Piston engine valves In piston engines, the valves are grouped into 'inlet valves' which admit the entrance of fuel and air and 'outlet valves' which allow the exhaust gases to escape.

Each valve opens once per cycle and the ones that are subject to extreme accelerations are held closed by springs that are typically opened by rods running on a camshaft rotating with the engines' crankshaft.

Control valves Continuous combustion engines—as well as piston engines—usually have valves that open and close to admit the fuel and/or air at the startup and shutdown.

Some valves feather to adjust the flow to control power or engine speed as well.

Piston A piston is a component of reciprocating engines.

It is located in a cylinder and is made gas-tight by piston rings.

Its purpose is to transfer force from expanding gas in the cylinder to the crankshaft via a piston rod and/or connecting rod.

In two-stroke engines the piston also acts as a valve by covering and uncovering ports in the cylinder wall.

Propelling nozzle For jet engine forms of internal combustion engines a propelling nozzle is present.

This takes the high temperature, high pressure exhaust and expands and cools it.

The exhaust leaves the nozzle going at much higher speed and provides thrust, as well as constricting the flow from the engine and raising the pressure in the rest of the engine, giving greater thrust for the exhaust mass that exits.

Crankshaft A crankshaft for a 4 cylinder engine Most reciprocating internal combustion engines end up turning a shaft.

This means that the linear motion of a piston must be converted into rotation.

This is typically achieved by a crankshaft.

Flywheels The flywheel is a disk or wheel attached to the crank, forming an inertial mass that stores rotational energy.

In engines with only a single cylinder the flywheel is essential to carry energy over from the power stroke into a subsequent compression stroke.

Flywheels are present in most reciprocating engines to smooth out the power delivery over each rotation of the crank and in most automotive engines also mount a gear ring for a starter.

The rotational inertia of the flywheel also allows a much slower minimum unloaded speed and also improves the smoothness at idle.

The flywheel may also perform a part of the balancing of the system and so by itself be out of balance, although most engines will use a neutral balance for the flywheel, enabling it to be balanced in a separate operation.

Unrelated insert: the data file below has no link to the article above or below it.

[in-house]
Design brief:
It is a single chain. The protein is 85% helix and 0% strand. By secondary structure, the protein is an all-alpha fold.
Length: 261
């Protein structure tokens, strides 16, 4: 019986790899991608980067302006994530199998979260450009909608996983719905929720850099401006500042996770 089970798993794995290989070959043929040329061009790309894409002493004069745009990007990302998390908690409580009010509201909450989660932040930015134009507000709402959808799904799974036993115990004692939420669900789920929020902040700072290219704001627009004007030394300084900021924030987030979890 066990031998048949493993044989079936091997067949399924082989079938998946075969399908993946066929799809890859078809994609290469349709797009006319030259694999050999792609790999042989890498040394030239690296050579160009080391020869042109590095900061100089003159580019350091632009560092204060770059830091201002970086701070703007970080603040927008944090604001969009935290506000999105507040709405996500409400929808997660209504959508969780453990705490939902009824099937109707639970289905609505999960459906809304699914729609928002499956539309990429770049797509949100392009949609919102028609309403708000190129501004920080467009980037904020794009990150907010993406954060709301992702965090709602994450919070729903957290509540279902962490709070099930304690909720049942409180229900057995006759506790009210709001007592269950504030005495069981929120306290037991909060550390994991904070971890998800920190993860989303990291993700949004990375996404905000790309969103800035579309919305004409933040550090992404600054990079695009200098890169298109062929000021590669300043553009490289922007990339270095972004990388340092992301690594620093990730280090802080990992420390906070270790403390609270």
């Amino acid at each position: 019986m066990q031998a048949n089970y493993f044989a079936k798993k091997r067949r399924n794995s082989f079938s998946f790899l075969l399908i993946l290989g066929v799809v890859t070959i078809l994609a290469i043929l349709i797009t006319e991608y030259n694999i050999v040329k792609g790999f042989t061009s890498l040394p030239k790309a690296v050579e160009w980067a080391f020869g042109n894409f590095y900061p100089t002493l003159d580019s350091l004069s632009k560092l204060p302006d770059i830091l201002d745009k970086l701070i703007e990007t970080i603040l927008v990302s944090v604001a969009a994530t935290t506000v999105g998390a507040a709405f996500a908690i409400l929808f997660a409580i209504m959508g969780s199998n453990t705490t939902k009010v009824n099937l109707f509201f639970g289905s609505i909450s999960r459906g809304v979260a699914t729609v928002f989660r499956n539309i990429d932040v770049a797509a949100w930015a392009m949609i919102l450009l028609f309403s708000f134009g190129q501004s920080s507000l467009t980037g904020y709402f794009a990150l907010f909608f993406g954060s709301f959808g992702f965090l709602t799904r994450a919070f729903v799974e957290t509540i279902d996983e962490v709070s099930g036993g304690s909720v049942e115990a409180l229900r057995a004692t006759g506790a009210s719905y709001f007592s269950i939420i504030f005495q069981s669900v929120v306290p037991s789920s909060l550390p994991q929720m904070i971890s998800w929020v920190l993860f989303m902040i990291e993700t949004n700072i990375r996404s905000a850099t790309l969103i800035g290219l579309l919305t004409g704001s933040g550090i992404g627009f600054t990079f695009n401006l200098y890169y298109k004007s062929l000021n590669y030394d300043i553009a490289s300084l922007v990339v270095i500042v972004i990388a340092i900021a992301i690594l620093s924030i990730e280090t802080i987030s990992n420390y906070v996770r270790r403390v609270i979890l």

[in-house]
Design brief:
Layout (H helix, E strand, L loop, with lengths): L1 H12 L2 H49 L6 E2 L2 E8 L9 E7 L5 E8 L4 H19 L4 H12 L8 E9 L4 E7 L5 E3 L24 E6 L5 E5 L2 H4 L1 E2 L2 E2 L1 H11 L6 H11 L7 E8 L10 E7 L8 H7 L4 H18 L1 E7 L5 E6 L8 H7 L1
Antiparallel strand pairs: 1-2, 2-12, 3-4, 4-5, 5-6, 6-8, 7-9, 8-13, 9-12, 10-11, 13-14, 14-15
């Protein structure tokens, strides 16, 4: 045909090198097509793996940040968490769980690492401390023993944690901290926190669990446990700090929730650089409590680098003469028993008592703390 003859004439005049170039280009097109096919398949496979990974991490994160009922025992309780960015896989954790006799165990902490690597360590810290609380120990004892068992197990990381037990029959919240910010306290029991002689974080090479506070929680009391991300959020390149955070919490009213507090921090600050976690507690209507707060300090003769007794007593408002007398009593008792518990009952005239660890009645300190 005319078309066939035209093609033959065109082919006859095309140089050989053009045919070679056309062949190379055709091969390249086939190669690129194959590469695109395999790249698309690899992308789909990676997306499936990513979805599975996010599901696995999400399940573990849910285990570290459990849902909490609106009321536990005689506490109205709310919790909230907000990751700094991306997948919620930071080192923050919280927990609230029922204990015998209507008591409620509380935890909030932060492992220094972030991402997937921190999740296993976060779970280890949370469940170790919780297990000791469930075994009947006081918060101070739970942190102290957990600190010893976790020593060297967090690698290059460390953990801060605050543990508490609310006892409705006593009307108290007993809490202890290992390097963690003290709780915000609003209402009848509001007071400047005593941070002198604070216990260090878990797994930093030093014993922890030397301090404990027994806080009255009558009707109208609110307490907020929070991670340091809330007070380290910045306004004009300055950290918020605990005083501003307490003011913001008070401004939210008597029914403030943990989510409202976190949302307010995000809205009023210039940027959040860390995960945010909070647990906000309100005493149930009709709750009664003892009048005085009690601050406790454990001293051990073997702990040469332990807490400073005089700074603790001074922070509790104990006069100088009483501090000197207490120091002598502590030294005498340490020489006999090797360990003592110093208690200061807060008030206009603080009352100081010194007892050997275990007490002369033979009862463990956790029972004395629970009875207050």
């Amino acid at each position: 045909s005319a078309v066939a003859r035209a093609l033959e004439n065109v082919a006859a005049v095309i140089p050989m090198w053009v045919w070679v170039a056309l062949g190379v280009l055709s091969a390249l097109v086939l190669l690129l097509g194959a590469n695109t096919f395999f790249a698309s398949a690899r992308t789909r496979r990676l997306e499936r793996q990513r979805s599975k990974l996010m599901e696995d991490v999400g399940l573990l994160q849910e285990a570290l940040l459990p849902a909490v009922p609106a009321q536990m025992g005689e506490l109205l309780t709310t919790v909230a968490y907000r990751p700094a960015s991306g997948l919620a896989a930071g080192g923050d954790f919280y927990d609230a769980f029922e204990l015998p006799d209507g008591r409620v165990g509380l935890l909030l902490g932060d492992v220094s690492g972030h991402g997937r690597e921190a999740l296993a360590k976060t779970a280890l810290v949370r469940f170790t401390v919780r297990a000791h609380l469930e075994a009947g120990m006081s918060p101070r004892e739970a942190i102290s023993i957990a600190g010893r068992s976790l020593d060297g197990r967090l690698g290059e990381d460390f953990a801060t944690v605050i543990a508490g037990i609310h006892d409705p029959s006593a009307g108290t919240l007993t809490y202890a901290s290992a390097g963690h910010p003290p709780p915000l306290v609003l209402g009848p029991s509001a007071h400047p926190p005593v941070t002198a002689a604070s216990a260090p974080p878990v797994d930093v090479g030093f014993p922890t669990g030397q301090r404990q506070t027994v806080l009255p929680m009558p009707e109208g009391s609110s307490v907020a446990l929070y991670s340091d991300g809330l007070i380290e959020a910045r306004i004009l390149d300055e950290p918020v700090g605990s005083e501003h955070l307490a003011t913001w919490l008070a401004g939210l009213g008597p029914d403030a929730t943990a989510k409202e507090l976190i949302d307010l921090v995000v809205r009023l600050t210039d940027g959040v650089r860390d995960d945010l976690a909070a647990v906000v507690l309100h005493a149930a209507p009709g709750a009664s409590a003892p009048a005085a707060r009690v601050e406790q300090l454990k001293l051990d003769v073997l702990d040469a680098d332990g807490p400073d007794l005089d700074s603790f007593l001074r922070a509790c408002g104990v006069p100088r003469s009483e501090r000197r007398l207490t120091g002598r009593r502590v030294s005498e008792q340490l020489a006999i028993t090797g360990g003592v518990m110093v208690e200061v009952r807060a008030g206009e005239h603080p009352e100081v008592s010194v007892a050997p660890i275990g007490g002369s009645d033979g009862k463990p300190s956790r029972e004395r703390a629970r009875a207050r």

The flywheel is also used as a mounting for the clutch or a torque converter in most automotive applications.

Spark plug The spark plug supplies the spark that ignites the air/fuel mixture so that combustion can occur.

The spark must happen at just the right moment for things to work properly.

Piston rings Piston rings provide a sliding seal between the outer edge of the piston and the inner edge of the cylinder.

The rings serve two purposes:

• They prevent the fuel/air mixture and exhaust in the combustion chamber from leaking into the sump during compression and combustion.

• They keep oil in the sump from leaking into the combustion area, where it would be burned and lost.

Most cars that "burn oil" and have to have a quart added every 1,000 miles are burning it because the engine is old and the rings no longer seal things properly.

Connecting rod The connecting rod connects the piston to the crankshaft.

It can rotate at both ends so that its angle can change as the piston moves and the crankshaft rotates.

Sump The sump surrounds the crankshaft.

It contains some amount of oil, which collects in the bottom of the sump (the oil pan).

In a multi-cylinder engine, the cylinders usually are arranged in one of three ways: inline, V or flat (also known as horizontally opposed or boxer), as shown in the following figures.

Inline - The cylinders are arranged in a line in a single bank.

V - The cylinders are arranged in two banks set at an angle to one another.

Flat - The cylinders are arranged in two banks on opposite sides of the engine.

Different configurations have different advantages and disadvantages in